Christopher Nolan explains why you should watch ‘Oppenheimer’ in theaters

Oppenheimer Nolan
Cillian Murphy, Christopher Nolan and Hoyte Van Hoytema are shown while filming ‘Oppenheimer.’
Melinda Sue Gordon / Universal Pictures

By María Estévez, MWN

Oppenheimer‘ is an epic thriller about the fast-paced paradox of the enigmatic man who must risk destroying the world to save it. It is Julius Robert Oppenheimer, an American theoretical physicist considered “the father of the atomic bomb” due to his outstanding participation in the Manhattan Project that succeeded in developing the first nuclear weapons in history during World War II. 

“Oppenheimer is a fascinating character. The film portrays the tragedy of a genius tormented by his creation,” explains Nolan.

Without following a linear narrative, as in the rest of his titles, the British director admits that he remains faithful to his style.

“It’s a story with which I wanted to take risks without giving answers because it offers a moral dilemma that seems to be very topical. The best minds in the country were in a desperate race against the Nazis to harness the power of the atom in World War II. Imagine those same minds realizing the possibility that they could set the whole world on fire. I wanted to be there and see what it would be like to live through that experience.”

Written and directed by Nolan, the film is based on the Pulitzer Prize-winning book ‘American Prometheus: The Triumph and Tragedy of J. Robert Oppenheimer’ by Kai Bird and the late Martin J. Sherwin. The scientist was remorseful for his creation which took the lives of thousands of innocents, so he maintained a very critical position after the war. As head of the nascent Atomic Energy Commission, he advocated strict control of nuclear weaponry to stop the escalation of arms during the Cold War, a position that made him a suspect of communist sympathies. In addition, Oppenheimer spent his life focused on quantum physics research, theorizing about the origin of neutron stars and black holes, among other fields of science. 

Describing the process of writing the screenplay, the director continued: “I wrote it in the first person, something I’ve never done before. I don’t know if anyone has done it before, but the point is, with the color sequences, which are the bulk of the film, you tell a narrative line. I knew I had two timelines that we were running in the film. One is in color, and that’s Oppenheimer’s subjective experience. Then the other is a black-and-white timeline. It’s a more objective view of his story from a different character’s point of view.”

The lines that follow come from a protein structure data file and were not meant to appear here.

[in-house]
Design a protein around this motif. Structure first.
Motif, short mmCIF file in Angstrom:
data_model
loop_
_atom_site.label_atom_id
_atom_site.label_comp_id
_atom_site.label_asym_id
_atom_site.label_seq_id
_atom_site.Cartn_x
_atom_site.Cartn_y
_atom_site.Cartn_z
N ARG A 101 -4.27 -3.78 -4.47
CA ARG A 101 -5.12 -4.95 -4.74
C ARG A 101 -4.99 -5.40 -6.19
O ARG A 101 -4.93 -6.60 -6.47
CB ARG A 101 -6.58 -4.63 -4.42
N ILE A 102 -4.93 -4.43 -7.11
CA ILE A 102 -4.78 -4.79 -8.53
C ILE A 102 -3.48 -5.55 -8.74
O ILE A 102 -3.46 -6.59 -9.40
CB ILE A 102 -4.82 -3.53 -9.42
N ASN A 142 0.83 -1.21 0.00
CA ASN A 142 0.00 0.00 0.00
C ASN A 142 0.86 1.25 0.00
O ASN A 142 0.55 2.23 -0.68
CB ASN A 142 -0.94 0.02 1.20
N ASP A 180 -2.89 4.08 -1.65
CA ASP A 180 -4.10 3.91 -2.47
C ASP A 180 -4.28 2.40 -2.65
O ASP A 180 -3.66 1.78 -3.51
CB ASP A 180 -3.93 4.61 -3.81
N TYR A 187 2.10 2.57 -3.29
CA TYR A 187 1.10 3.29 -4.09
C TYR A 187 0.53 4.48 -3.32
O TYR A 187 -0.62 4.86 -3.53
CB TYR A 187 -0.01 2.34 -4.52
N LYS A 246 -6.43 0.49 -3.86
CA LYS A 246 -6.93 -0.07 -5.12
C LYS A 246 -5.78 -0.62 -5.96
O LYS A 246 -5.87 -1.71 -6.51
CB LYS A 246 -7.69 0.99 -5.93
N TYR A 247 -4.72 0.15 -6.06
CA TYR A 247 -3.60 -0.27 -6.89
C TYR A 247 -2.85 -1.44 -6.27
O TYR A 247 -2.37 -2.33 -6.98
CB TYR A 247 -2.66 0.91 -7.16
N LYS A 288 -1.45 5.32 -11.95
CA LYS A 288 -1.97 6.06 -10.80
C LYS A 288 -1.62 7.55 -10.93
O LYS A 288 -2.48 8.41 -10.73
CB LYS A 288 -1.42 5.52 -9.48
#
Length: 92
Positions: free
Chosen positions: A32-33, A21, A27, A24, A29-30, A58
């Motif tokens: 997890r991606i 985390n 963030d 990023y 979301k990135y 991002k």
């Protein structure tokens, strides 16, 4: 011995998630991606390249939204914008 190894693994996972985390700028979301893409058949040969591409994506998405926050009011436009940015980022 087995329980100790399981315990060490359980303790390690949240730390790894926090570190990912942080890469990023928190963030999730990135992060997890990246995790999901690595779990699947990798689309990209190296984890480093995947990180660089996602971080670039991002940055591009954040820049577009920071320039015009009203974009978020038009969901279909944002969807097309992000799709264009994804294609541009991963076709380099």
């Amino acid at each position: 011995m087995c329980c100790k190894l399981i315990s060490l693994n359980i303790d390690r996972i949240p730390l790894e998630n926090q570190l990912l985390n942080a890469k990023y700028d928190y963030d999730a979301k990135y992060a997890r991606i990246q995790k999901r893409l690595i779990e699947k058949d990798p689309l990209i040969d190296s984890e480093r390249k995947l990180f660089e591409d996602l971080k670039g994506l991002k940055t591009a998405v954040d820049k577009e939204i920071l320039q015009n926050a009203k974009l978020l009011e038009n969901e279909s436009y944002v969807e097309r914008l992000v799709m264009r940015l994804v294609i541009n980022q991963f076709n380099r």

Cillian Murphy, who has worked with the British filmmaker on two previous occasions, was chosen to star in this ambitious project.

“There was no other actor to play this character, he is the best performer to guide us for three hours from Oppenheimer’s point of view. I have demanded so much of him as an actor and he demands so much of himself that it seems impossible to find someone like him. His ability to portray the character surprised me every day on set, but then also in the editing room. I think Cillian is the best actor of the moment not only for his talent but also for his ability to give himself to the production and the director. He is a man who leaves his ego at the door, who allows himself to be an actor and a normal person when he is not working. Cillian is always himself, on and off the plate.”  

Murphy’s friendship with Nolan goes back two decades and the actor confesses his admiration for the filmmaker.

“I’ve known him for 20 years, but, even back then, I was a fan, because I had seen ‘Memento’ (2000) and ‘Insomnia’ (2002). Our first meeting was when I auditioned for the role of Bruce Wayne in ‘Batman Begins’ (2005), a role that eventually went to Christian Bale. Meeting Chris for that film was an epic moment for me – and, by the way, I always thought it was an absurd idea for me to play Batman. But that meeting ultimately bore fruit in the role of the Scarecrow and an extraordinary work experience.”  

When the director called him to play Oppenheimer, Murphy didn’t think twice:

“I’ve always been clear: if Christopher Nolan asks you to do something, regardless of the size of the role, you do it. I didn’t expect him to call me to play Oppenheimer at all. But he did. When I hung up the phone, I just sat there, totally shocked. I felt very lucky. And we got right to work.”

‘Oppenheimer’ was shot with some of the highest-resolution cameras that exist. 

Like ‘Dunkirk’ and ‘Tenet,’ ‘Oppenheimer’ was shot entirely on large-format film, meaning a David Lean-style combination of IMAX 65mm and Panavision 65mm with ‘Lawrence of Arabia’ then projected on 70mm.

“The sharpness, clarity and depth of the image is unparalleled,” said Nolan. “When shooting on 70mm IMAX film, you’re really letting the screen disappear. You have a sense of 3D without the glasses. You have a huge screen and you’re filling the audience’s peripheral vision. You’re immersing them in the world of the film,” said Nolan, who has filmed with IMAX cameras since ‘The Dark Knight’. 

“My challenge was to do big scenes but no computer graphics because the film is focused on one man’s experience and that man’s view of the world. I’ve done a lot of explosions in a lot of movies. But there’s something unique and particular about being in a desert in the middle of the night with a big cast. I prefer to capture that.”  

Nolan wanted to convey Oppenheimer’s genius to the viewers. He also wanted the story to be as personal as possible. To achieve these goals, Nolan shot in large format and invites viewers to see his film in theaters.

“You rarely get the opportunity to talk directly to moviegoers about why you love a particular format. We went to great lengths to shoot the film so that we can screen it on large format screens. It really is a great way to give people an experience they may not be able to get at home,” he concluded.